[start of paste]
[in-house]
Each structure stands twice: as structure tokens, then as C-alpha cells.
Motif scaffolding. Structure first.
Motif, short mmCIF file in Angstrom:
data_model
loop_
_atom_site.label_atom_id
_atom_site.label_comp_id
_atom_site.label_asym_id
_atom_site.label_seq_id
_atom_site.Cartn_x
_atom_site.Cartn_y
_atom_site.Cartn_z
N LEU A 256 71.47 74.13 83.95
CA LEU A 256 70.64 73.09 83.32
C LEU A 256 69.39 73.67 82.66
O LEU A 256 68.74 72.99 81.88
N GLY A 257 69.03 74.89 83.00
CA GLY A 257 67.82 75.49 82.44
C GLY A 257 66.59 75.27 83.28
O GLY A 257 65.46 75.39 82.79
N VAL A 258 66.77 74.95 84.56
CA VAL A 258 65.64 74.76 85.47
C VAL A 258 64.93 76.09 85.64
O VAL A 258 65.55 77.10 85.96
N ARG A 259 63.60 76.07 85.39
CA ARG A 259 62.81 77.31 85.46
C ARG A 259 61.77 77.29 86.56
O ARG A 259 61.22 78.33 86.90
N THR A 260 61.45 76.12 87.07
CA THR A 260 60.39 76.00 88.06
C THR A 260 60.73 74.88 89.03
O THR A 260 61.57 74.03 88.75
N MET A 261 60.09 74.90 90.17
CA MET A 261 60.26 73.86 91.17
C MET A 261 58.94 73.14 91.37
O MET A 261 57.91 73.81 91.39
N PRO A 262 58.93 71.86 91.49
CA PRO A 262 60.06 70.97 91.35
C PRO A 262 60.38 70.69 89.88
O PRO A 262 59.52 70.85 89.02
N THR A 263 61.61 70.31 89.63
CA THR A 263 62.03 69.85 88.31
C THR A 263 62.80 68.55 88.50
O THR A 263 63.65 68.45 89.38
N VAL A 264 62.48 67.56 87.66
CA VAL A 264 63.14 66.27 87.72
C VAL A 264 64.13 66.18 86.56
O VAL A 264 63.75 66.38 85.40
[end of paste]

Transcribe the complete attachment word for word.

[in-house]
Each structure stands twice: as structure tokens, then as C-alpha cells.
Motif scaffolding. Structure first.
Motif, short mmCIF file in Angstrom:
data_model
loop_
_atom_site.label_atom_id
_atom_site.label_comp_id
_atom_site.label_asym_id
_atom_site.label_seq_id
_atom_site.Cartn_x
_atom_site.Cartn_y
_atom_site.Cartn_z
N LEU A 256 71.47 74.13 83.95
CA LEU A 256 70.64 73.09 83.32
C LEU A 256 69.39 73.67 82.66
O LEU A 256 68.74 72.99 81.88
N GLY A 257 69.03 74.89 83.00
CA GLY A 257 67.82 75.49 82.44
C GLY A 257 66.59 75.27 83.28
O GLY A 257 65.46 75.39 82.79
N VAL A 258 66.77 74.95 84.56
CA VAL A 258 65.64 74.76 85.47
C VAL A 258 64.93 76.09 85.64
O VAL A 258 65.55 77.10 85.96
N ARG A 259 63.60 76.07 85.39
CA ARG A 259 62.81 77.31 85.46
C ARG A 259 61.77 77.29 86.56
O ARG A 259 61.22 78.33 86.90
N THR A 260 61.45 76.12 87.07
CA THR A 260 60.39 76.00 88.06
C THR A 260 60.73 74.88 89.03
O THR A 260 61.57 74.03 88.75
N MET A 261 60.09 74.90 90.17
CA MET A 261 60.26 73.86 91.17
C MET A 261 58.94 73.14 91.37
O MET A 261 57.91 73.81 91.39
N PRO A 262 58.93 71.86 91.49
CA PRO A 262 60.06 70.97 91.35
C PRO A 262 60.38 70.69 89.88
O PRO A 262 59.52 70.85 89.02
N THR A 263 61.61 70.31 89.63
CA THR A 263 62.03 69.85 88.31
C THR A 263 62.80 68.55 88.50
O THR A 263 63.65 68.45 89.38
N VAL A 264 62.48 67.56 87.66
CA VAL A 264 63.14 66.27 87.72
C VAL A 264 64.13 66.18 86.56
O VAL A 264 63.75 66.38 85.40